Author ORCID Identifier


Date of Graduation


Document Type

Dissertation (PhD)

Program Affiliation

Medical Physics

Degree Name

Doctor of Philosophy (PhD)

Advisor/Committee Chair

David Followill, Ph.D.

Committee Member

Laurence Court, Ph.D.

Committee Member

Clifton Fuller, M.D., Ph.D.

Committee Member

Gabriel Sawakuchi, Ph.D.

Committee Member

R. Jason Stafford, Ph.D.

Committee Member

Zhifei Wen, Ph.D.


Introduction: Magnetic resonance (MR) guided radiation therapy (MRgRT) is an emerging field that integrates an MR imager with either a linear accelerator or three radioactive cobalt-60 sources. Before institutions participate in multi-institutional NCI-sponsored clinical trials, they are required to perform a credentialing test provided by IROC-Houston. During the credentialing test, end-to-end phantoms are used to evaluate the institution’s ability to perform consistent and accurate radiation treatments. IROC-Houston’s conventional anthropomorphic phantoms are not visible in MR, thus they are insufficient for MRgRT systems. The purpose of this work was to create an anthropomorphic thorax and a head and neck (H&N) phantom for MRgRT systems with magnetic fields ranging from 0.35T to 1.5T.

Methods: Over 80 synthetic materials were examined as potential materials used to construct the MRgRT thorax and H&N phantoms. Materials were characterized by: 1) measuring Hounsfield units, 2) visualizing in MR and CT imagers and 3) evaluating their dosimetric characteristics. Once materials were selected for the MRgRT phantoms, radiochromic film and double-loaded TLDs were then characterized in a 1.5T and a 0.35T MR environment. Reproducibility measurements on double-loaded TLDs were performed by using an acrylic block and irradiating it in 0T/1.5T and 0T/0.35T configurations on the Unity system and the MRIdian Cobalt 60 system, respectively. Geometrical thorax and H&N phantom slabs were designed to mimic similar interface conditions seen in anthropomorphic phantoms, but were simplified to reduce manufacturing time. The geometrical phantoms were designed with a rectangular tumor centrally located around surrounding tissue. These two phantoms were used to characterize radiochromic EBT3 film and TLDs by comparing beam profiles and point dose measurements irradiated with and without magnetic fields, respectively. GEANT4 Monte Carlo simulations validated the detectors in both Unity 0T/1.5T and MRIdian 0T/0.35T configurations. Two MRgRT anthropomorphic (H&N and thorax) phantoms were designed, manufactured and evaluated. A reproducibility and feasibility study was conducted to evaluate the phantom’s performance on MRgRT systems.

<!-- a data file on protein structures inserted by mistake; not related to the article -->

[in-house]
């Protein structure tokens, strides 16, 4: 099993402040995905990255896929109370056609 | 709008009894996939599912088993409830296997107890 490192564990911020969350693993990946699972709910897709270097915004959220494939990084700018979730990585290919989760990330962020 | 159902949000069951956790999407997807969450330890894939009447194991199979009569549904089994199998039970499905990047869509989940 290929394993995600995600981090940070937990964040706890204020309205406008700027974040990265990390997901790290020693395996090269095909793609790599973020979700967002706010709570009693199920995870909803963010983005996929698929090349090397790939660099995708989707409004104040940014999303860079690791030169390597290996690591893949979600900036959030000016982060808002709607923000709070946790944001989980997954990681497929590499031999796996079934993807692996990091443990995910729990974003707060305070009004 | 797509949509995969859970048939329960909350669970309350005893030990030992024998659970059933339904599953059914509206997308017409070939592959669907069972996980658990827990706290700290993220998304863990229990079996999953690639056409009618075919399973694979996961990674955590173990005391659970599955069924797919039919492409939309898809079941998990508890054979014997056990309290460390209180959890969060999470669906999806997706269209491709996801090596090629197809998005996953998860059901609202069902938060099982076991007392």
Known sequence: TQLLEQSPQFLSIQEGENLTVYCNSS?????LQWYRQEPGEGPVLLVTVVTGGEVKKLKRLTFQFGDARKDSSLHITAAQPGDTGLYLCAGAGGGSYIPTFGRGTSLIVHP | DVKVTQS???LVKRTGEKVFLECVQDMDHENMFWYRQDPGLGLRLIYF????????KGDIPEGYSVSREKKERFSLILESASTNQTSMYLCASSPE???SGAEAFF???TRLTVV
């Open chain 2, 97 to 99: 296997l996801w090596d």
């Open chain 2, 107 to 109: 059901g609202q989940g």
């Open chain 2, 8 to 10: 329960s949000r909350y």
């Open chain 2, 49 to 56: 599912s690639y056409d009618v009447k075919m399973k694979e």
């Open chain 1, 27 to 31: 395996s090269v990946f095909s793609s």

Results: This study found four materials which were tissue equivalent and visible on both MR and CT. Additionally, this study showed negligible difference in dose response between TLDs and radiochromic film when irradiated in 0.35T and 1.5T magnetic field environments. Two anthropomorphic phantoms were constructed and evaluated. The anthropomorphic thorax and H&N phantoms passed IROC-Houston’s 7%/5mm and 7%/4mm gamma passing criteria, respectively.

Conclusions: An anthropomorphic thorax and an H&N phantom were tissue equivalent, compatible with MR and CT workflows and could be used as end-to-end QA tools for MRgRT systems with magnetic fields ranging from 0.35T to 1.5T.


MRgRT, MR Linac, MRgRT phantom, MR/CT phantom, IROC, anthropomorphic head and neck phantom, anthropomorphic thorax phantom, unity, mridian, end-to-end MRgRT phantom, MRIgRT